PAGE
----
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One of my primary care patients was diagnosed with cancer six months back. At the time, he was set to receive the best available regimen for his type of cancer. We were excited about the opportunity to help him battle the disease with a sophisticated weapon. However, a few months later on a follow up appointment he said he had stopped taking the medication. Chemotherapy had made him frail, and he was let go from his job as he could no longer stand for hours on end. Though he remained hopeful, his bank account dwindled from the drug payments, and the inability to pay for his daily expenses prompted the decision to stop treatment. Head clutched in his hands; he sat in the clinic overwhelmed.

This is an extremely unfortunate situation, however, in the United States, it is not a novel occurrence. Approximately a third of cancer patients drop out of treatment plans because of costs. Treatment for cancer is expensive, and, despite insurance coverage, deductibles remain high. Many patients are unable to continue working and subsequently also lose their employment-based health insurance. Without a job to pay bills, support a family or save for the future, receiving chemotherapy causes insurmountable emotional and financial distress. Even years after diagnosis, cancer survivors have higher medical costs compared to those who do not carry such a diagnosis. Therefore cancer patients are three times more likely to file for bankruptcy, and by stopping treatment, they risk the worsening of the disease. The term "financial toxicity" has been coined to encompass this dilemma.

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Cost of cancer treatment is comprised of hospital-based care and drug prices. Studies have revealed that Medicare patients who do not have supplemental insurance are at greater risk for financial toxicity. Even with supplemental insurance, fixed co-pay percentages can translate into thousands of dollars in out-of-pocket costs. With ever-increasing overall drug prices, insurance companies are also stretched and eventually may not be willing to cover as much of the cost for patients. So, despite Medicare coverage and the presence of supplemental insurance, bankruptcy is still a possibility. Not all patients are well versed with the inevitability of this toxic reality at the start of treatment.

According to the American Society of Clinical Oncology, patients should be clearly informed of costs and the options based on their finances. But recommendations and reality seem to be vastly different. Not all cancer specialists in clinics and hospitals are aware of the cost of medications they prescribe, nor do they engage in these discussions.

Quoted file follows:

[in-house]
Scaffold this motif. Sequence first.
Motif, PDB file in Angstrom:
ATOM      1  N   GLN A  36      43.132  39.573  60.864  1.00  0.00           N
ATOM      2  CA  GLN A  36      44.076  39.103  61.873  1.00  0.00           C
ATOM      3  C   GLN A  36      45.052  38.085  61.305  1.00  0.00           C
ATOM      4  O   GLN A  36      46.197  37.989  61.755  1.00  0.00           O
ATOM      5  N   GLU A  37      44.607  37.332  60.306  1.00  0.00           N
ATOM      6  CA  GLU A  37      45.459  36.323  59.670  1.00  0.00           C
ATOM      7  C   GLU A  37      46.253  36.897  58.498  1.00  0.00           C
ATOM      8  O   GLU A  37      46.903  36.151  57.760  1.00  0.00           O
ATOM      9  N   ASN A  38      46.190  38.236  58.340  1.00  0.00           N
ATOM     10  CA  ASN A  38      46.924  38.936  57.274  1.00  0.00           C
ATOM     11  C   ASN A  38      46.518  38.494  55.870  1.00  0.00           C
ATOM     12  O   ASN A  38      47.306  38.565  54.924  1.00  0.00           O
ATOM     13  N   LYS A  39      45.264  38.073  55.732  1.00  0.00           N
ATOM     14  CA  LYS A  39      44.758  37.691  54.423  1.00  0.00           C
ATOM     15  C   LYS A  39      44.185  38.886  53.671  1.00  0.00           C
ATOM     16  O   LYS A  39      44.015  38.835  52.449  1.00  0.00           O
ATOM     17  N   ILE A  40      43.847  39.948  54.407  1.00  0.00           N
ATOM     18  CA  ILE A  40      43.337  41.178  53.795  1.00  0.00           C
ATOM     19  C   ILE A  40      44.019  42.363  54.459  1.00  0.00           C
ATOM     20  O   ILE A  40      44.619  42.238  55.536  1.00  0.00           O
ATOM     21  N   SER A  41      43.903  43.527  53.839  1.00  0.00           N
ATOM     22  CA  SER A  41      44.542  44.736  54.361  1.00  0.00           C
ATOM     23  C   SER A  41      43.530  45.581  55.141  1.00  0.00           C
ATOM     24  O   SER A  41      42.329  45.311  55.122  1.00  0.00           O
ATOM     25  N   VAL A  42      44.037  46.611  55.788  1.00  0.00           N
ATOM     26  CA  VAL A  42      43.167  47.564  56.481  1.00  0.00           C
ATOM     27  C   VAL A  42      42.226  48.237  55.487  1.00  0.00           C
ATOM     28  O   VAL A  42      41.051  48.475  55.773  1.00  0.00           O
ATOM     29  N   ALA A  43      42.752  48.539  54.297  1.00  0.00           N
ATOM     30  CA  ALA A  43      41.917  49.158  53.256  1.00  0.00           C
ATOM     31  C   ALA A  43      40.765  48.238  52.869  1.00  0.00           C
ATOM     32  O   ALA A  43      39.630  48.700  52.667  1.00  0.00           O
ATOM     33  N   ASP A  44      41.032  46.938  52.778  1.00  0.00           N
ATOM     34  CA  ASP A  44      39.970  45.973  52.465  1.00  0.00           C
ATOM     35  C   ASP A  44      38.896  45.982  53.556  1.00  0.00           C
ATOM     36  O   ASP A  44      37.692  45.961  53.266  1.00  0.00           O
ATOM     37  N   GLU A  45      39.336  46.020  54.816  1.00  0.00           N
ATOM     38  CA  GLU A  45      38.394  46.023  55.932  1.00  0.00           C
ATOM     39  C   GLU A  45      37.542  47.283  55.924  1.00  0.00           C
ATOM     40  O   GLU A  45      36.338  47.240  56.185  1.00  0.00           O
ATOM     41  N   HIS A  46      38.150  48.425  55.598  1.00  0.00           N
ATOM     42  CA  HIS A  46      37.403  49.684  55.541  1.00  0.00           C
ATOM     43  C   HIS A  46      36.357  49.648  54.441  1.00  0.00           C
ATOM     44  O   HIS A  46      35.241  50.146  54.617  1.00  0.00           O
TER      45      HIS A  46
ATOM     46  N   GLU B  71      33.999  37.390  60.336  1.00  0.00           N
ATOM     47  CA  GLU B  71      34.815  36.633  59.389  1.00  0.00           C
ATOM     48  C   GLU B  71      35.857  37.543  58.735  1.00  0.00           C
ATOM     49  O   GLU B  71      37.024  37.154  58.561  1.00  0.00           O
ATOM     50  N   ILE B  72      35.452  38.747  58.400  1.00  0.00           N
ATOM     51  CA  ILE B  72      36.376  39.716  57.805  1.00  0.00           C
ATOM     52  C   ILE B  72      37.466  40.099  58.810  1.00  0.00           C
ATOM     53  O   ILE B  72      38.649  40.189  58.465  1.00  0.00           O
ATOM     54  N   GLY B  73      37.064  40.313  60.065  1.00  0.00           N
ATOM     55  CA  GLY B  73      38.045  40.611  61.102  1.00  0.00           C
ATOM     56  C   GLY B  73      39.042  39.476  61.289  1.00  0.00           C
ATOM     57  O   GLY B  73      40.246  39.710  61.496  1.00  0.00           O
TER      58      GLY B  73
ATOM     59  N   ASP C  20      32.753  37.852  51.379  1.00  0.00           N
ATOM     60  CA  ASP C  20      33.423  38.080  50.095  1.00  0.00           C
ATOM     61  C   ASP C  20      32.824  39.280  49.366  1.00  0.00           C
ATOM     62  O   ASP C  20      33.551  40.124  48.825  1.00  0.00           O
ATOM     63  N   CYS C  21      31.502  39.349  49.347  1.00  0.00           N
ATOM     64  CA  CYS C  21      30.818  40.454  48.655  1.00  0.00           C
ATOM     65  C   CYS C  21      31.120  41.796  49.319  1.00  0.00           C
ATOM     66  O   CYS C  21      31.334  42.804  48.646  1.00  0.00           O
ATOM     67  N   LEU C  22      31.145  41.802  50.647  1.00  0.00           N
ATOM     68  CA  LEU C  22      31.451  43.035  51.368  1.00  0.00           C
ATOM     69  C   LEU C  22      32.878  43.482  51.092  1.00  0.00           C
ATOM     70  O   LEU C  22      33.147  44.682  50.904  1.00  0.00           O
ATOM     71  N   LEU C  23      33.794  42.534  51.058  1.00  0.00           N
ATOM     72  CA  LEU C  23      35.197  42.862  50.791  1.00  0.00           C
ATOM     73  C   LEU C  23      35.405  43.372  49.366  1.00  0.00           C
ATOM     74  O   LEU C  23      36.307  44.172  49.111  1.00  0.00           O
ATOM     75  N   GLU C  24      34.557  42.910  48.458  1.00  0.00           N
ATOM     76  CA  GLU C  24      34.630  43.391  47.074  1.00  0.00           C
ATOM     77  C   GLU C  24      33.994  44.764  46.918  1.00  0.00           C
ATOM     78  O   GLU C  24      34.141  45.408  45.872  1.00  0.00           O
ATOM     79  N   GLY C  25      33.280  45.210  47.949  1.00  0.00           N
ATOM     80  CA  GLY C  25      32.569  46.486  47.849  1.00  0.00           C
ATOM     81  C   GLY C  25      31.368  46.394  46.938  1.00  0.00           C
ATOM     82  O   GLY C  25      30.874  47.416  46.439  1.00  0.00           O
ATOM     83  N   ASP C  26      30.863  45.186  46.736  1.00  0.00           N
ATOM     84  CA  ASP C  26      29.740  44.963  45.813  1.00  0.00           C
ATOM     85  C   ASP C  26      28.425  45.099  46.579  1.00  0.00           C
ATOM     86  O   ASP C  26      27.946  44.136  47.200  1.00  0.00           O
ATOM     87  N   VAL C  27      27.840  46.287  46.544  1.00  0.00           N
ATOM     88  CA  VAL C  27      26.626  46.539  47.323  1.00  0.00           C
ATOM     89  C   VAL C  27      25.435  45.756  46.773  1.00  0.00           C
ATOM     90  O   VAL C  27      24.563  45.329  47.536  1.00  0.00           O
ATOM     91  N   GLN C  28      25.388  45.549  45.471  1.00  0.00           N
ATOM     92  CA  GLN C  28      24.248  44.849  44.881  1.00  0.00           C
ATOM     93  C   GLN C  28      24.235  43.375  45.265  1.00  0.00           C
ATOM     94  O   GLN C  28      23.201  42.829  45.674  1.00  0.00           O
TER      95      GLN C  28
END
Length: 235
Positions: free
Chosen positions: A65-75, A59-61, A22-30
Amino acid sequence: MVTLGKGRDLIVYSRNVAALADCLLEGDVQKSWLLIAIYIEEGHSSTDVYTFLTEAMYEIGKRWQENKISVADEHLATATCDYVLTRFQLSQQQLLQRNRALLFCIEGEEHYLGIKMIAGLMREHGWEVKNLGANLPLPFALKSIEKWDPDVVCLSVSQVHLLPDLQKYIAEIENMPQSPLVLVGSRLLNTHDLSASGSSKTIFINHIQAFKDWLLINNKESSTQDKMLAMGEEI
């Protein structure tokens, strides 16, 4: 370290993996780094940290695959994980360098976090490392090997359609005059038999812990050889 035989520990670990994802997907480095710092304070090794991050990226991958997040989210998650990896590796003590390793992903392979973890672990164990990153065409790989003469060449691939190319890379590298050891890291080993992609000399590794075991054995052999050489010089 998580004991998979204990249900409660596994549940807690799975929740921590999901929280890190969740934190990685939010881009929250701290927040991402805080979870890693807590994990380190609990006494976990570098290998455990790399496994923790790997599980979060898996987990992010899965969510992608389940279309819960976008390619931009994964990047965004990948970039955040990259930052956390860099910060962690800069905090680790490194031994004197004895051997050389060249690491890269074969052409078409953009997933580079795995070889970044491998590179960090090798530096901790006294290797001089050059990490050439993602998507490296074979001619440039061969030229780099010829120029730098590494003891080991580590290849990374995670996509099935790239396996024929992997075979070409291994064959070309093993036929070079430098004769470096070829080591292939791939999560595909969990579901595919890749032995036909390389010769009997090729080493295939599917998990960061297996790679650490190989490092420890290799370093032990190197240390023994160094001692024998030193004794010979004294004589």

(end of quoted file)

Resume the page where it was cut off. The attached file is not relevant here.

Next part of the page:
Physicians primarily make choices for each cancer patient based on therapies that are the best at decreasing cancer burden and increasing length and quality of life. They monitor medication side effects and extend emotional support during the ordeal. As all patients deserve nothing but the best; costs are not usually part of these judgments. Providing alternative options for cancer based on finances is less than ideal for physicians, but on the other hand drug prescriptions leading to thousands of dollars in debt is also contrary to our principle of "do not harm."

Therefore, from a provider's perspective, it is of critical importance to help evaluate patients ability to pay prior to starting treatment. This is done through validated screening questionnaires that have been developed to identify patients at risk of financial toxicity. It is also imperative for patients to ask to be educated on the total expected cost and the share that they will bear. This clarification will ensure development of a holistic plan for the entirety of their care and not just on drug doses and side effects.

Learning the nuances of each patient's goals and tying them with their social and financial conditions is the true essence of patient centered healing. Following the legacy of Dr. William Osler, one of the founders of Johns Hopkins Medicine, of knowing the person with the disease rather than the disease associated with a person, will help us curb financial toxicity and improve the lives of many people battling cancer.

Dr. Ali Thaver is an internal medicine resident physician at Johns Hopkins Bayview Medical Center; his email is minhalthaver1@gmail.com.

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